Yet we cannot fail to invent possibilities around the scenarios suggested by Genovés’ art. The paintings strike such a chord because the schematised places they describe are indelibly inscribed on our memory. There is no such thing as a blank, unambiguous space, Genovés’ paintings remind us and as the mind scrambles and scrolls back through time, we start to recall past mass gatherings on streets and in squares the world over. Looking at Barrera and Frontera, we inevitably conjure images of political and ideological boundaries, or think of crowd scenes immortalised by filmmakers such as Sergei Eisenstein, Fritz Lang or Cecil B De Mille. Everywhere in Genovés’ paintings are considerations of power, pursuit, resistance, displacement and dislocation. The echoes are inescapable.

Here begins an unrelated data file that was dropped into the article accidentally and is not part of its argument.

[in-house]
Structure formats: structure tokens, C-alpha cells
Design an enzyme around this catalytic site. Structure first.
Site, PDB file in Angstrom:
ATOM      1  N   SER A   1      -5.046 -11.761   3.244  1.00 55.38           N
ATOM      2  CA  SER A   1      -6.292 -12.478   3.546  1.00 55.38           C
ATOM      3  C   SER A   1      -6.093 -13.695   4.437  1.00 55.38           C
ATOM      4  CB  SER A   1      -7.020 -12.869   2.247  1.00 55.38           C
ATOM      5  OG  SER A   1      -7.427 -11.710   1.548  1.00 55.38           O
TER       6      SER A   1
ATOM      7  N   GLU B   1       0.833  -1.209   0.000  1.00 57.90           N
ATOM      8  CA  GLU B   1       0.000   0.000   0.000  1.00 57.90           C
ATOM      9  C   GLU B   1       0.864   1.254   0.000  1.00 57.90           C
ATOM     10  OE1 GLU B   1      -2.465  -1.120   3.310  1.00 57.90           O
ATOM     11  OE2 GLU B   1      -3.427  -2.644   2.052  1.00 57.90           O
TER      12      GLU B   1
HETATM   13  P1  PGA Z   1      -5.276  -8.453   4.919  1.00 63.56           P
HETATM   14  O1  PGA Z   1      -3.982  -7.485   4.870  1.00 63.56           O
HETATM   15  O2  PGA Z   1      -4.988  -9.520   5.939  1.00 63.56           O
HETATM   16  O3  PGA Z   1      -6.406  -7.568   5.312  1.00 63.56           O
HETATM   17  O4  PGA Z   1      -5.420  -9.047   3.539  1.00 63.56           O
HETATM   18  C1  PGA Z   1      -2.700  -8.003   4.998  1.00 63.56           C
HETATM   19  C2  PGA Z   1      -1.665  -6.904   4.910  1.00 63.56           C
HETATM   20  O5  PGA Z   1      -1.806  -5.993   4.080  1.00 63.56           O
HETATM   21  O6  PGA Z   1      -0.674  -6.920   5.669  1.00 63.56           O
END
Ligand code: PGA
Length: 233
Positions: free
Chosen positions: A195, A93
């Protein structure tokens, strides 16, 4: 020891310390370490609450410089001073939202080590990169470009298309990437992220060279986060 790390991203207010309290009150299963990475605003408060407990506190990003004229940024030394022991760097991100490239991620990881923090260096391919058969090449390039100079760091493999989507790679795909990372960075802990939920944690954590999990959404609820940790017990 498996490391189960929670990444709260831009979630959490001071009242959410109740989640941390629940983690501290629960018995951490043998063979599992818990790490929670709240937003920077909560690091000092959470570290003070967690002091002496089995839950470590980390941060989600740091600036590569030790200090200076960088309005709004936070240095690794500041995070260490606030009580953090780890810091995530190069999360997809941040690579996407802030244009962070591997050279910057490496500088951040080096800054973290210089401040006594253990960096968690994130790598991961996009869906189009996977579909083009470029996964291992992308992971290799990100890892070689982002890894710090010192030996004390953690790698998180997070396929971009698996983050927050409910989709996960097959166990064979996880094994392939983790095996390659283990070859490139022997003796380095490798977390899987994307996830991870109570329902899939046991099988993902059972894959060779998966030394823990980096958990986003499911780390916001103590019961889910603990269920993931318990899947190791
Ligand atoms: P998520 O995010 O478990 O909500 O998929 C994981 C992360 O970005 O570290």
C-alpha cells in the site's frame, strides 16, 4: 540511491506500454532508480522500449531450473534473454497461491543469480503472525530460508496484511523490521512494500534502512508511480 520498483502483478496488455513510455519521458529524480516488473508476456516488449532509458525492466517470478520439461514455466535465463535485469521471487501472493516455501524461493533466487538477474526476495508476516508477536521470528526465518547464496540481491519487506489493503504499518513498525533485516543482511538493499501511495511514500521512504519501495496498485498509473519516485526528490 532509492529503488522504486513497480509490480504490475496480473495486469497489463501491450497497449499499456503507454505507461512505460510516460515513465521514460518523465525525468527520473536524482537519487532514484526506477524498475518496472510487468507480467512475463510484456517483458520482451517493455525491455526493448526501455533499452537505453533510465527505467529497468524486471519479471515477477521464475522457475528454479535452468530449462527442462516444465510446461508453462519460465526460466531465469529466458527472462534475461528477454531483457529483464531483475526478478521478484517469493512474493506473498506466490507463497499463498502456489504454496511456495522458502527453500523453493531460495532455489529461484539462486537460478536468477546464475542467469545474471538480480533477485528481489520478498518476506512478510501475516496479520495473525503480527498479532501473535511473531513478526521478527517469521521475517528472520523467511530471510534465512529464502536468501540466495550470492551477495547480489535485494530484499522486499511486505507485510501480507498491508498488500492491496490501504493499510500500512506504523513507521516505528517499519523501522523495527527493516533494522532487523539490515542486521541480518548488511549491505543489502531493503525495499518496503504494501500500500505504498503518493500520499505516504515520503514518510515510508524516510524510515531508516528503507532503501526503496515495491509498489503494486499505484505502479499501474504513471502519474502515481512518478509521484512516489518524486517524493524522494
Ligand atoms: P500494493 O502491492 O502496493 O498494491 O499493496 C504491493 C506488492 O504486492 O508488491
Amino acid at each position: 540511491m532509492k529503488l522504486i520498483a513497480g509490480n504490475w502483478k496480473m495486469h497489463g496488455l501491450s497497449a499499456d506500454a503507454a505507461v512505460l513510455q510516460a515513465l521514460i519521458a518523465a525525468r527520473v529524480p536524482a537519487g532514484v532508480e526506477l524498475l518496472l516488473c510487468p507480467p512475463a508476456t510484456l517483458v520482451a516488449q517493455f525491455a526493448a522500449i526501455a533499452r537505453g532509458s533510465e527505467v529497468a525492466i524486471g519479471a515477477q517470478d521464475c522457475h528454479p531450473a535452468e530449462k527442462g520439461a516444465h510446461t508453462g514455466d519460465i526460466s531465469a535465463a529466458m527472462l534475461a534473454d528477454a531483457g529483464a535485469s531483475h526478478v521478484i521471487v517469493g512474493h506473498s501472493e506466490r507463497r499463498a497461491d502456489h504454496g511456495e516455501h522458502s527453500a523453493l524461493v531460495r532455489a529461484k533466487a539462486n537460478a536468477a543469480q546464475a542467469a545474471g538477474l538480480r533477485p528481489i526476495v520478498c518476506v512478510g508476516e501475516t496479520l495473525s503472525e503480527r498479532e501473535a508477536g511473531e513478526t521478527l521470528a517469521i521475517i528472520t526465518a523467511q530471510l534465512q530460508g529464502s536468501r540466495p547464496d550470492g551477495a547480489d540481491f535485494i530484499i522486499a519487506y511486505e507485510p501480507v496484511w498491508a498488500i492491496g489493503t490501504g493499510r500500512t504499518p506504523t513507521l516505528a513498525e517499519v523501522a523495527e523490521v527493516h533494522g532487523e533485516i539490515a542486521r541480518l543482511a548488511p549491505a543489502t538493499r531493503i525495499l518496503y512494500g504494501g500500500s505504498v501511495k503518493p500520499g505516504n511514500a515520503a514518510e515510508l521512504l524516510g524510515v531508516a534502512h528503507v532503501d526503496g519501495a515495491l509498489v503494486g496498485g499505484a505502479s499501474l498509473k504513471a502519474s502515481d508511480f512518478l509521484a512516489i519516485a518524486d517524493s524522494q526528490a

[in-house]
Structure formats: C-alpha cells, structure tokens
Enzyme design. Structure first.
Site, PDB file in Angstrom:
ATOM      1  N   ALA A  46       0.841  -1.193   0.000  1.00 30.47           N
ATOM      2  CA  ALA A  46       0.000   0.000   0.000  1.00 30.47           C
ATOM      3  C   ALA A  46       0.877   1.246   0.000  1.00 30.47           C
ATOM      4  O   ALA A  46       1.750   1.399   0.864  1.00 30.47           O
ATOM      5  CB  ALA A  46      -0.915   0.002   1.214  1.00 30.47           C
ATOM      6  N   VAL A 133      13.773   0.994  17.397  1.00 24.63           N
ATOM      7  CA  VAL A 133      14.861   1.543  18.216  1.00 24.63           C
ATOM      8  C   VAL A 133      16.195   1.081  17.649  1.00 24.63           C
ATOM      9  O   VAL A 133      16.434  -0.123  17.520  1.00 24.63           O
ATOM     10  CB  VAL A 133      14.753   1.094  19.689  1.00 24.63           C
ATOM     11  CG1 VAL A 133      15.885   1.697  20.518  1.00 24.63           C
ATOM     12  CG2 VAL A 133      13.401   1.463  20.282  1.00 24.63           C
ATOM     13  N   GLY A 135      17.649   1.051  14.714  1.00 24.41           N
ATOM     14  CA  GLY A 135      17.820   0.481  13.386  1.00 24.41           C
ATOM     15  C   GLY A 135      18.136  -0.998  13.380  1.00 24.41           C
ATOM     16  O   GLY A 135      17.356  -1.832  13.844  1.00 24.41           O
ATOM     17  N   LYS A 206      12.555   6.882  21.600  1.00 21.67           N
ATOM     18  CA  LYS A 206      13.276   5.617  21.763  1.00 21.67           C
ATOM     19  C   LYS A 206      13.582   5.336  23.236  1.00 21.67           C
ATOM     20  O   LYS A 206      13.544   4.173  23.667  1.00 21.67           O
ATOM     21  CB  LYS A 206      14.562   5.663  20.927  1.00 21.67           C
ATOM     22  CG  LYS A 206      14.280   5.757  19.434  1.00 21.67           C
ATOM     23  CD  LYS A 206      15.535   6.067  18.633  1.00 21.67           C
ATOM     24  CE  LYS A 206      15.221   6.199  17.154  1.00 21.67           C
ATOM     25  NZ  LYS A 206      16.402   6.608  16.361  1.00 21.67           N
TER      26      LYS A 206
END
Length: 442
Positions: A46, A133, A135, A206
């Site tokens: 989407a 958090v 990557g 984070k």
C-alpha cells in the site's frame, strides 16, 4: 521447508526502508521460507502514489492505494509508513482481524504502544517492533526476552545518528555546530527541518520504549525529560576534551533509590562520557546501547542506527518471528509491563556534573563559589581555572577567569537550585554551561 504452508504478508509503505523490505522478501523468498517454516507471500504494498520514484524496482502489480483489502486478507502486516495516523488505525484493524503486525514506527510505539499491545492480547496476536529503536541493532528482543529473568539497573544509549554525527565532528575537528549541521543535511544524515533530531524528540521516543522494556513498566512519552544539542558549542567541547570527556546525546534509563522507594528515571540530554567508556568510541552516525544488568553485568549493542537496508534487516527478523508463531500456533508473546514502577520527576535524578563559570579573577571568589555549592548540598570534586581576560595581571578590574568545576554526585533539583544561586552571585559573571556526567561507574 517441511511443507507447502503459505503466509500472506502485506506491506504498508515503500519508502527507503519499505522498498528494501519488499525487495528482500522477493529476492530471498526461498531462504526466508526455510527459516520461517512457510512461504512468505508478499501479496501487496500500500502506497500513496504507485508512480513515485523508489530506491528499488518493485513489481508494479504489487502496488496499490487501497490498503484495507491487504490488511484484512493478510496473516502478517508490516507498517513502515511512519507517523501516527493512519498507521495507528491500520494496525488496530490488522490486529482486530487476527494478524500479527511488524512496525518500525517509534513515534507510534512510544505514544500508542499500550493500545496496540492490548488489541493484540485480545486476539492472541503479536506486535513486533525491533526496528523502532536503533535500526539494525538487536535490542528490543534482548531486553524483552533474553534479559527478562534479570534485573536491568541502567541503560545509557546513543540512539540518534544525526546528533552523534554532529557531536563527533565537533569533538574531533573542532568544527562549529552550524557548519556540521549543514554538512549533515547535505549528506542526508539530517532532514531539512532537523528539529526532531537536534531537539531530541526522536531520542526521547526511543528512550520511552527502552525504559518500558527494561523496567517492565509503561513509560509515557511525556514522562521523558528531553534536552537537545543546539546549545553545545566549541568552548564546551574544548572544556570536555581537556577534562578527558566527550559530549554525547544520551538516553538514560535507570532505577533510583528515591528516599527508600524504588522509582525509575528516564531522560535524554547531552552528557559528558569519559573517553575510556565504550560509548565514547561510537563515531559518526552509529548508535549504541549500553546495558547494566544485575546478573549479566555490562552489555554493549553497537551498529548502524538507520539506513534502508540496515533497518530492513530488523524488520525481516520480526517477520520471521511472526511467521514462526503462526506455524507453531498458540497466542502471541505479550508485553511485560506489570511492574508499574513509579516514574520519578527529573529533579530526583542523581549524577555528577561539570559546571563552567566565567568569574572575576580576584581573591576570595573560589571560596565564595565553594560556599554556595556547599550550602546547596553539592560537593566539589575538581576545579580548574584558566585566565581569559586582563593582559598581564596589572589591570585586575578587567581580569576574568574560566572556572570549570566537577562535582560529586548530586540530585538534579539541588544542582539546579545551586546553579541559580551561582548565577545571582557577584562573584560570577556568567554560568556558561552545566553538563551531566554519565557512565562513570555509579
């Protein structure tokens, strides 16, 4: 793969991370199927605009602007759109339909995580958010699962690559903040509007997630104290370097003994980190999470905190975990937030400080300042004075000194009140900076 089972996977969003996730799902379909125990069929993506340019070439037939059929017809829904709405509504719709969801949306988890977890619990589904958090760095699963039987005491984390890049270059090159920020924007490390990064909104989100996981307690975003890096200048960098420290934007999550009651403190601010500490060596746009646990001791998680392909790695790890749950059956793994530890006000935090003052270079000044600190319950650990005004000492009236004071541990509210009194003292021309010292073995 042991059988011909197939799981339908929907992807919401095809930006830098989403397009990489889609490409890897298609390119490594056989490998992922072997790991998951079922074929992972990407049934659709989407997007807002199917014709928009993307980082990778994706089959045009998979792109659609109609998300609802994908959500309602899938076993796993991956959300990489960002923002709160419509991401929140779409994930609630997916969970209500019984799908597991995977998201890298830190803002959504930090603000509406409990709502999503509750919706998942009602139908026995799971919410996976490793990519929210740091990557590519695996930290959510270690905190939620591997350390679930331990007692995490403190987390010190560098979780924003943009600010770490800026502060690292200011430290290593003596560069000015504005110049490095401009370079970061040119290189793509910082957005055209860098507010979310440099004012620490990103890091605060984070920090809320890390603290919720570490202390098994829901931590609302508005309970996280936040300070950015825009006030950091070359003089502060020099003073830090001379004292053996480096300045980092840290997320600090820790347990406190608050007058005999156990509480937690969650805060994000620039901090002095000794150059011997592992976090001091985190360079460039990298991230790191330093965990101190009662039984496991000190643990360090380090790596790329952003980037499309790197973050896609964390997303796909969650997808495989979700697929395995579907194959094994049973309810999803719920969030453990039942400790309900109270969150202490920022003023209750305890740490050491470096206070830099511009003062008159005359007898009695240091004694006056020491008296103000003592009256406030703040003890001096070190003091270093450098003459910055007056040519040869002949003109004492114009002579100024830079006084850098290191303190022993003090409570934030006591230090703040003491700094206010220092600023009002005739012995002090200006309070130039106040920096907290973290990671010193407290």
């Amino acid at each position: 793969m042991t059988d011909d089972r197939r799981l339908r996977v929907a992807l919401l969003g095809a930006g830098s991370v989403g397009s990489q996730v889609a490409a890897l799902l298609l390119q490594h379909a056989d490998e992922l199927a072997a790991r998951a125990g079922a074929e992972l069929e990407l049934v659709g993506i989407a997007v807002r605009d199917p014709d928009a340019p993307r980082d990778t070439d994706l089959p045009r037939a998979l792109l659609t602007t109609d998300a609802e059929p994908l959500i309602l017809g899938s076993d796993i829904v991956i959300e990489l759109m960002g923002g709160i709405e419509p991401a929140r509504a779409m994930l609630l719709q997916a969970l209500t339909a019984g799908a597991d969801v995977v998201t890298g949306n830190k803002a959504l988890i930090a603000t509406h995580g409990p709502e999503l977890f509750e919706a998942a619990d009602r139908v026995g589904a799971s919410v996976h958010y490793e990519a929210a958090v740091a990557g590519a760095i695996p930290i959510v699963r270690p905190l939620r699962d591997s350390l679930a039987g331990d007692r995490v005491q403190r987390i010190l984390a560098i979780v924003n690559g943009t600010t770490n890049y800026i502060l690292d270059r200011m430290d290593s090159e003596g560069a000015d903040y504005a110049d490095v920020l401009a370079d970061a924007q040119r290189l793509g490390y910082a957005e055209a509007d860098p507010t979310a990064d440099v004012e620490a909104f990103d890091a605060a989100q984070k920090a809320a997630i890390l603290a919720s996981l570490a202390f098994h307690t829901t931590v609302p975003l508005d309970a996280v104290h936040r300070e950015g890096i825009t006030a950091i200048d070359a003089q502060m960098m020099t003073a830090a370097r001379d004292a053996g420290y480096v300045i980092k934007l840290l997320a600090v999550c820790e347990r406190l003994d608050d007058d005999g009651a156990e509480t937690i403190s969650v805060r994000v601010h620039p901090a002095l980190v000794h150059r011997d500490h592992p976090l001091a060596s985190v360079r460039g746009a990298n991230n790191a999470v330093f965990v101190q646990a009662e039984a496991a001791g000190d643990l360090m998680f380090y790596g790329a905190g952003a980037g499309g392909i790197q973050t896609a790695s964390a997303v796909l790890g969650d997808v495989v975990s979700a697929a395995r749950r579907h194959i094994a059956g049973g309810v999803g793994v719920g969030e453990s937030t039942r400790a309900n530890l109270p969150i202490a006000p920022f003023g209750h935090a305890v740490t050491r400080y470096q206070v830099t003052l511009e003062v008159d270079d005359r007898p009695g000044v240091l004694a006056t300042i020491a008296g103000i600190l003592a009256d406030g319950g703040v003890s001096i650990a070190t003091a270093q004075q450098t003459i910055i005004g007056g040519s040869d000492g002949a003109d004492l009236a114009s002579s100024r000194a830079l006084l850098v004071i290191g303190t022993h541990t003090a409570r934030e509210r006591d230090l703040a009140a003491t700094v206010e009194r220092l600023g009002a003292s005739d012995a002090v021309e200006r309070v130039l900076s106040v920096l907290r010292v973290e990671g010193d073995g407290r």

Inescapable too are the biographical details that punctuate such an illustrious career. Born in Valencia in 1930, Genovés developed his artistic language during the repression of Franco’s regime. Influenced by modern cinema and photography, and adopting some of the tenets of Pop Art, Genovés arrived at an elegant, critical and deeply affecting means of expressing the anxiety and desperation experienced by many under the military dictatorship. Works such as Objectivo, 1968, a stampeding mass as seen through a long lens or a gun sight are now regarded as seminal images in the history of political art. Created near the end of Franco’s regime, El Abrazo (The Embrace), 1976, quickly became an icon of reconciliation. When posters of the image were printed and circulated, Genovés was detained and held in solitary confinement for seven days and some 25,000 posters were destroyed.